Social Inclusion


If you think life with education is expensive, then you cannot even begin to imagine the expenses of a life without education. Education is directly related to the development of an individual as well as the whole community. It is considered as a key factor for social salvation. For the weaker sections of the society or under-privileged groups, education has a pivot role. For centuries, the illiteracy and social backwardness of such communities have been used for their harassment, humiliation, and economic exploitation. “Education is the movement from darkness to light”. This delightful quote by Allan Bloom highlights the problem of education of the under-privileged groups and general population; both differ qualitatively and quantitatively. The literacy rate for general population in India (52.21%), according to the 1991 census, was 15% to 23%, which is comparatively higher than that of SCs, STs, and OBCs.

If we glance at the history of our Constitution, it has made several provisions and amendments that are helpful for ensuring social equity and human rights. After independence, three major committees were set up. Radha Krishnan Education Commission (1948) deals with the whole school education system while the Kothari Commission has given a comprehensive vision of equalisation of educational opportunity. Besides these various commissions and National Policy of Education, the five years plans also made several provisions, programmes, and schemes to facilitate and promote education of the schedule castes.

In our country, the schedule castes have suffered from various kinds of deprivation, biases, and pre-conceived notions for a long time. They been exploited in the form of bonded labours, daily wage workers, etc. The continuance of the educational backwardness of scheduled castes is due to many factors like poverty, physical and social segregation, lack of access to schools, etc. Scheduled castes have historically suffered social disadvantages and economic deprivation arising out of social context. Several policies have been made for educational development of the scheduled castes. Add to this three commissions and the National Policy of Education, the Revised Policy Formulation and Programme of Action (POA, 1992). After the introduction of POA, the National Curriculum Framework (2005) emphasised on addressing the disadvantages in education due to gender, caste, language, culture, and religion. Programmes like Sarva Shiksha Abhiyan (SSA) and Rashtriya Madhyamik Shiksha Abhiyan (RMSA) are two major programmes of education by the Ministry of Human Resource Development, Government of India. Even then, the educational progress of scheduled caste is inadequate.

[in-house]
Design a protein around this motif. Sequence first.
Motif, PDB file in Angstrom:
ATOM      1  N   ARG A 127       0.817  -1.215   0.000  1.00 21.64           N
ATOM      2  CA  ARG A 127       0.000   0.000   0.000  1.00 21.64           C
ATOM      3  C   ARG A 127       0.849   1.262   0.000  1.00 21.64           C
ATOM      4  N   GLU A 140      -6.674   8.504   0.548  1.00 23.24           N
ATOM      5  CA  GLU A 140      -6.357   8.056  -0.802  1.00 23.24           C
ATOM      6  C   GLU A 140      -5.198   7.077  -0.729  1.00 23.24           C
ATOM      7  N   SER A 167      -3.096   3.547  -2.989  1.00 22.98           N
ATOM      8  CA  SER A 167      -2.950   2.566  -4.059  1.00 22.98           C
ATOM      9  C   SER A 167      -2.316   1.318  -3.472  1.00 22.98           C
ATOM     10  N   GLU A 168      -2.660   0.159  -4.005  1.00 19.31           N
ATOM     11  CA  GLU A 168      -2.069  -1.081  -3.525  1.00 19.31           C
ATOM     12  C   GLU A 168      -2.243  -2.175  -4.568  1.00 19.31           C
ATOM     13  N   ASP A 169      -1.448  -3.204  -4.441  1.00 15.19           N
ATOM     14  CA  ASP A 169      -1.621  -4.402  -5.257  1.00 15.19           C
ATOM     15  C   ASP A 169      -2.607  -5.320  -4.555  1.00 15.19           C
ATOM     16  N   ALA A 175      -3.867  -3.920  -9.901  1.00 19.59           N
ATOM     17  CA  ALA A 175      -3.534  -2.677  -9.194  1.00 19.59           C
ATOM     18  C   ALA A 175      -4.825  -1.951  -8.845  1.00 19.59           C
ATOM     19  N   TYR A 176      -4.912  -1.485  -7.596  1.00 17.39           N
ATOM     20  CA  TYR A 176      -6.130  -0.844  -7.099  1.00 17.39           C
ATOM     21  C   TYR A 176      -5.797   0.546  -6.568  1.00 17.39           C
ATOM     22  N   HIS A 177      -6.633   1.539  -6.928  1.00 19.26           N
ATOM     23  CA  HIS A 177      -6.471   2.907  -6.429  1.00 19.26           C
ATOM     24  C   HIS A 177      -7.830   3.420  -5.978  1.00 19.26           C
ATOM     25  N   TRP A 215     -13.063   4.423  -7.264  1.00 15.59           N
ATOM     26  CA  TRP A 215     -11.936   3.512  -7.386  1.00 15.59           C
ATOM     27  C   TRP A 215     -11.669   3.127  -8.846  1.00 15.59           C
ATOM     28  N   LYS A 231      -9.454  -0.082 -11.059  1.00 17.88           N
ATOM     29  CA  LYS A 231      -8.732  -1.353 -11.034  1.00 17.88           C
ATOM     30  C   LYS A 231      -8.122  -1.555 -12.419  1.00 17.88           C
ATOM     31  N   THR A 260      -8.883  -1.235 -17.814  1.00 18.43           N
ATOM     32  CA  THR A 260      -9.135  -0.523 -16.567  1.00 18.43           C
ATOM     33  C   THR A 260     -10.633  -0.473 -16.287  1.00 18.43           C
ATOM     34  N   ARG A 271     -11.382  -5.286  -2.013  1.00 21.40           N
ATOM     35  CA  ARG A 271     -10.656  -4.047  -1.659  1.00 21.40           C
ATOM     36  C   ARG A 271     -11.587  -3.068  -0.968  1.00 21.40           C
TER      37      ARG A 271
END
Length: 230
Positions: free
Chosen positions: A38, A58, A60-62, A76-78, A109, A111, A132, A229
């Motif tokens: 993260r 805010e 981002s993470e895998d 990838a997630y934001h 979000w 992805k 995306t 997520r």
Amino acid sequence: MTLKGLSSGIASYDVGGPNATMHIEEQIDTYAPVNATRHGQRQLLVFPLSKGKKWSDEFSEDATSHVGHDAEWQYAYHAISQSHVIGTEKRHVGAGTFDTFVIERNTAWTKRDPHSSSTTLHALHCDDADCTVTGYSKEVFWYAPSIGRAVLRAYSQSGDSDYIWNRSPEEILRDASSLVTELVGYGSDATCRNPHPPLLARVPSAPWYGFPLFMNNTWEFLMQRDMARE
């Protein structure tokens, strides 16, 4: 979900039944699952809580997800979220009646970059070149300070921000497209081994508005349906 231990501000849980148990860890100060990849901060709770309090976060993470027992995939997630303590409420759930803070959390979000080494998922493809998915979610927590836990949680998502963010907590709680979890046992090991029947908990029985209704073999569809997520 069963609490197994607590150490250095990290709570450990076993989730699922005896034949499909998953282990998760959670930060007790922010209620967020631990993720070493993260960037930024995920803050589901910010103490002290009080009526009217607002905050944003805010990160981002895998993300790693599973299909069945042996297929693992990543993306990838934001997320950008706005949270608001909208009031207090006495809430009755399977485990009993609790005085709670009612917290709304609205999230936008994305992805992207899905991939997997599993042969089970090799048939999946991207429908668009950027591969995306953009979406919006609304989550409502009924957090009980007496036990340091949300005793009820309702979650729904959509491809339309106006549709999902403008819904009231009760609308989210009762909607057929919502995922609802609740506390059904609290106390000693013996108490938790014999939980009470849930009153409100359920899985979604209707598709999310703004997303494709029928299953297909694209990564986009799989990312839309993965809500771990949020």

India has been portrayed as the country with the second largest tribal population in the world. It is rather ironical that the poorest people of India are living in the areas with the richest natural resources. According to the2011 census, the tribal people constitute 8.2% of the total population. India is rapidly moving towards inclusive growth but the under-privileged communities’ still lack education. The Dhebar Commission has been identified to look over the problems of lack of education amongst the tribal communities. This commission has paved the way for the making of broader policies for tribal education. Education is an important avenue for upgrading the economic and social status of a person in the society. In case of scheduled tribes, the government has to still do a lot for the improvement in the education system. The existing Sarva Siksha Abhiyan is the programme initiate for the development of education system of scheduled castes. More priority and sector wise plans must be prepared and implemented for the betterment of the scheduled tribes or tribal children.

The Indian government doesn’t provide free education in private schools. Due to this, children of weaker sections suffer a lot as the number of private schools are more. If at all they are able afford education in private schools, they still battle a lot of discriminatory practices. The Indian government has taken several measure and steps for the development of education for the Economically Weaker Sections (EWS). They started providing scholarships and other forms of financial aid to reduce the cost of education.

The Right to Education (2009) proposed to provide free and compulsory education for children between the ages of 6 to 14 years. Reservation of 25% seats for the EWS have also been mandated by Indian government in private unaided schools. It is a major step to bridge the gap between the quality of education offered by the government and private players.

We know the problems and we know the solutions to most of them. In many cases, we also know how to implement. The moral courage to start the implementation process is what is lacking. Education is indeed an act of faith and social engineering, but not quick-fix engineering. Further, merely formulating the policies and programmes is not enough. It is also important to evolve strategies to neutralise the ideological, structural, and familial impediments so that the education facilities are fully utilised.